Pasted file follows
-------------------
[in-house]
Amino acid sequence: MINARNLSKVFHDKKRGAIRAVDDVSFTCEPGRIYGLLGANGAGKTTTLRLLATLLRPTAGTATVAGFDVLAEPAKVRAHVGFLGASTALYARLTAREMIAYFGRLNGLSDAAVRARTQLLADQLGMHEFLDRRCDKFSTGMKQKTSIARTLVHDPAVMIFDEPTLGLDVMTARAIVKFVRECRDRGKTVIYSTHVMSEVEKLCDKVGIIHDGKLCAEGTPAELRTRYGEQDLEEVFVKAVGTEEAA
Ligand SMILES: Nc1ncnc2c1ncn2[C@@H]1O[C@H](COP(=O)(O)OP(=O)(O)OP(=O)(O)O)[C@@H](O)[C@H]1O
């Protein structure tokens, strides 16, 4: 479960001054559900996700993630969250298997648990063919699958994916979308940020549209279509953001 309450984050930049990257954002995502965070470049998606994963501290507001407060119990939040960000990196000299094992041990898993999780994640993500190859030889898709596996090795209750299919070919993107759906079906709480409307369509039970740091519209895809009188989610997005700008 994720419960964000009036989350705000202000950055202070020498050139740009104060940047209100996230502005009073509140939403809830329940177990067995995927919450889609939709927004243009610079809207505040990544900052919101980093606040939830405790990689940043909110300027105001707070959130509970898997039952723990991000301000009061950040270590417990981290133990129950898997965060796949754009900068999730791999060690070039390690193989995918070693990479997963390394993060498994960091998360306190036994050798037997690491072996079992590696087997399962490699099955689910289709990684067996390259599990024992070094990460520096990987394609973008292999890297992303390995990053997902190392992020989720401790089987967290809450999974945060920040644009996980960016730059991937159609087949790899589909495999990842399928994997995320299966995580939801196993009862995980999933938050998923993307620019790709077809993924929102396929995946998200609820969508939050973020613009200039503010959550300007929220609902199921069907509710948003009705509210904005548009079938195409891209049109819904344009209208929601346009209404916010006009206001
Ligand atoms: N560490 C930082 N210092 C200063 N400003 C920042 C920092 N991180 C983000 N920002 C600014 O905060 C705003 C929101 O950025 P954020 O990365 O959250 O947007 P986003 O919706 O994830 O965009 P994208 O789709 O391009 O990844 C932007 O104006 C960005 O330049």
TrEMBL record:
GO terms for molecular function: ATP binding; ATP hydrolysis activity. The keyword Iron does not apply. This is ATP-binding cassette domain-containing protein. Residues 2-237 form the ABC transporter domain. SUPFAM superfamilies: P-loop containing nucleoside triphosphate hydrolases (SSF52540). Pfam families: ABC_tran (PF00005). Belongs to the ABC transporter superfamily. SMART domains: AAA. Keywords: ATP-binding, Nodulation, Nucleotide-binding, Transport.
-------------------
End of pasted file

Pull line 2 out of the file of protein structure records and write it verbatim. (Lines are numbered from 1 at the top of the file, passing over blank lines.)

Amino acid sequence: MINARNLSKVFHDKKRGAIRAVDDVSFTCEPGRIYGLLGANGAGKTTTLRLLATLLRPTAGTATVAGFDVLAEPAKVRAHVGFLGASTALYARLTAREMIAYFGRLNGLSDAAVRARTQLLADQLGMHEFLDRRCDKFSTGMKQKTSIARTLVHDPAVMIFDEPTLGLDVMTARAIVKFVRECRDRGKTVIYSTHVMSEVEKLCDKVGIIHDGKLCAEGTPAELRTRYGEQDLEEVFVKAVGTEEAA